In recovery... unable to move or feel my legs. Can't sit up... arms are still shaking and I am physically unable to hold my newborn son.
22 months later:
Lilee is born after a completely spontaneous and natural labor. The room is dim, quiet, and relaxing. My midwife catches her and immediately places her on my belly. The feel of her wet skin is something I will never forget. She is crying loudly and is soft and pink. I am overwhelmed with joy and start proclaiming my love for everyone in the room. My baby never leaves my arms. I just cradle and kiss her over and over as Daddy gets to cut the cord. I am the first person to hold her. I am so alive and in the moment, proud of our achievement. I start talking a mile a minute- I'm just so excited. Everything is right in the world and life is beautiful. I am amazed at the beauty of God's design.
Someone once told me "it doesn't so much matter what kind of birth you have-- the babe's the thing!" And, yes, I totally agree with that last part. If I get too caught up in the birth story, I miss out on the point-- the Babe Is The Thing! However... the birth does matter. It matters a lot. For me, my cesarean led to months of physical and emotional pain. Feeling robbed and violated. My VBAC led to feeling reborn and victorious. I praise God for both experiences and know that both are integral parts to my story. I just get so angry, though, when the medical community forgets how much birth does matter to a woman and just pushes her through the system and she gets lost in the shuffle. I see it every day at work. It makes me so sad.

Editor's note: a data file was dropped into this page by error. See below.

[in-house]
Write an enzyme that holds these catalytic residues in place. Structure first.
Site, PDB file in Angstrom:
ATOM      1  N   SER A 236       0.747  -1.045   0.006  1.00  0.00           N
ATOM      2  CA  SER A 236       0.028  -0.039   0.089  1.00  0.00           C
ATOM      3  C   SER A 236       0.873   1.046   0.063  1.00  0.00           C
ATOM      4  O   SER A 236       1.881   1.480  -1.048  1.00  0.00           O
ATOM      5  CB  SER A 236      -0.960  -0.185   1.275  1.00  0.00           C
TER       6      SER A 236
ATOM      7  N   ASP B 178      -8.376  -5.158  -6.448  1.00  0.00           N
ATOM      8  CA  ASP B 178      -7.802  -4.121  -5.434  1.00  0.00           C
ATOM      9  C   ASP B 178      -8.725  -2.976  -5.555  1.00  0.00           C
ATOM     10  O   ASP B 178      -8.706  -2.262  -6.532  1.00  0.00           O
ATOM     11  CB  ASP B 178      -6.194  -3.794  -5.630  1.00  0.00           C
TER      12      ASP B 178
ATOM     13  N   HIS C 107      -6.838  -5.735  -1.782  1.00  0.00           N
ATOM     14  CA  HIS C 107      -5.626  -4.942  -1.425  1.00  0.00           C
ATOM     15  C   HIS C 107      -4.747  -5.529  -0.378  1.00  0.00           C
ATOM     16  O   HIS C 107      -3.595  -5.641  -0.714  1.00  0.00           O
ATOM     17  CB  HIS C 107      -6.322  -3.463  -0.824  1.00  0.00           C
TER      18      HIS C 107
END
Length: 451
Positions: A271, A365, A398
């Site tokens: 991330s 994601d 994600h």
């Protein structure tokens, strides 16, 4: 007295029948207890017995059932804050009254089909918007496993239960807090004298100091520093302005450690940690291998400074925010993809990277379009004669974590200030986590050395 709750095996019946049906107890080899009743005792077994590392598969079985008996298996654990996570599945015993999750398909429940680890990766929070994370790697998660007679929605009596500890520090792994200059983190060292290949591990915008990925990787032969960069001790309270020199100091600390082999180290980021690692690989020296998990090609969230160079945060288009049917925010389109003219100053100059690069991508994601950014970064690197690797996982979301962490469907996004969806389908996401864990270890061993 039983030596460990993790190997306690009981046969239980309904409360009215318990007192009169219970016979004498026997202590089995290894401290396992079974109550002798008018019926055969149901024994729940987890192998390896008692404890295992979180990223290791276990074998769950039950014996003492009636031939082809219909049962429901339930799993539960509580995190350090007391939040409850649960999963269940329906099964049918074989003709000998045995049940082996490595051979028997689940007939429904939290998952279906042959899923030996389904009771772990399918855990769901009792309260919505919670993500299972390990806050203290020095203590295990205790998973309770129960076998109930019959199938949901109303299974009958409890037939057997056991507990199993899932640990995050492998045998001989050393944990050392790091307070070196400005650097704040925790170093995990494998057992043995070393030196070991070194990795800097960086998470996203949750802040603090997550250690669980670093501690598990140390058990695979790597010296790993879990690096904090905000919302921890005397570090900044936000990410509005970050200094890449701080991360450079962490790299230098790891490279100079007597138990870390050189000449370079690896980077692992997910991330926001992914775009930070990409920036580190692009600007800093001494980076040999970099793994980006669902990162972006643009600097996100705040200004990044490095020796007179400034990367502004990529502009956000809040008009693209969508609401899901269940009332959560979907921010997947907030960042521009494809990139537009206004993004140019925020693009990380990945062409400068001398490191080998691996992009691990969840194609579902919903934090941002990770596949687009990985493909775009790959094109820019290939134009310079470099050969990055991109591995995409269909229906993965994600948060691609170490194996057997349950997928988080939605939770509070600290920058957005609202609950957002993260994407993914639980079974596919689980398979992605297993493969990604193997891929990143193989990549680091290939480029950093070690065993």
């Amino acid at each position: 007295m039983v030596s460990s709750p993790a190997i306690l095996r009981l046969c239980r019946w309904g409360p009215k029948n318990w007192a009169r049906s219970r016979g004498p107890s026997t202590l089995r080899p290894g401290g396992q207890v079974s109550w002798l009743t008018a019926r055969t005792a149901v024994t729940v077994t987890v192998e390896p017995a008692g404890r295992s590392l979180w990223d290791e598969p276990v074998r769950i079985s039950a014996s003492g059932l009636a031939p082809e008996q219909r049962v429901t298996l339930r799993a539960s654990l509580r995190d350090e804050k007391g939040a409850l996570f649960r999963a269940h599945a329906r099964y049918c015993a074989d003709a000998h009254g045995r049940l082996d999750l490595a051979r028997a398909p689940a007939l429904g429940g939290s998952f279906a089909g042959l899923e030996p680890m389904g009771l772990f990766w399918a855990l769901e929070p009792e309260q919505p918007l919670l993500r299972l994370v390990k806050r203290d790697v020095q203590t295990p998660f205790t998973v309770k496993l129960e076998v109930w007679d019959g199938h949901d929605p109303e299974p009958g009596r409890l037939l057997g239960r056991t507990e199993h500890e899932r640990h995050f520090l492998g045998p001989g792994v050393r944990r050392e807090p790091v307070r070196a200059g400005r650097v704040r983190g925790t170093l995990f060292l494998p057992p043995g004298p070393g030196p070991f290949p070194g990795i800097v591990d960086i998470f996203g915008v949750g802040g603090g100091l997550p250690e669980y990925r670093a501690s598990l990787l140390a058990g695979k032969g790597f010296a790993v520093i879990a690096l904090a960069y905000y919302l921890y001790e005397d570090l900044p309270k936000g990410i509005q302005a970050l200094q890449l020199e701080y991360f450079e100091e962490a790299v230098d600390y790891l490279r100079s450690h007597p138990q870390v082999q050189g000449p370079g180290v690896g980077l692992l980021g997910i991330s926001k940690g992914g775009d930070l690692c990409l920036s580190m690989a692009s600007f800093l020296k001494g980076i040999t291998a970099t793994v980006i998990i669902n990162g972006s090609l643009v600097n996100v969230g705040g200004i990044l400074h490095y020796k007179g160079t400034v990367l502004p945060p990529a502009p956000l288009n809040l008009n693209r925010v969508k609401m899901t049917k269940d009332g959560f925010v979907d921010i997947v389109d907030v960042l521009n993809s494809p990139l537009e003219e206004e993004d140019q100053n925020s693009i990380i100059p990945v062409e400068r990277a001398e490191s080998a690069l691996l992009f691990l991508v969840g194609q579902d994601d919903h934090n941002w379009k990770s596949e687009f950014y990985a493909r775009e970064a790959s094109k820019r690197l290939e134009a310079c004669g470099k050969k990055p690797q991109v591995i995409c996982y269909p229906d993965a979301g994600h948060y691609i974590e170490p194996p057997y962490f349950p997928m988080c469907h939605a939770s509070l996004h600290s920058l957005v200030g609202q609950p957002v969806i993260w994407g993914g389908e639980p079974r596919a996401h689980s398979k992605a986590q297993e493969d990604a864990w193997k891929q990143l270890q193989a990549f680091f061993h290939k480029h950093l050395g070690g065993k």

Birth trauma is a real thing and needs to be acknowledged. My dream is for surgical birth rates to plummet and for more and more women to come out feeling victorious and powerful. We are the crown of creation. We were designed to be strong and powerful. God's way is always best. My prayer is that the medical establishment can respect that and stop living in fear of law suits and start honoring women and their ability to birth. Until then... I will purpose to listen to my patients' stories, help shoulder their burdens, and share in their joy. I will encourage and lift up and offer hope. Birth is beautiful. And the babies we birth are beautiful. And it all matters.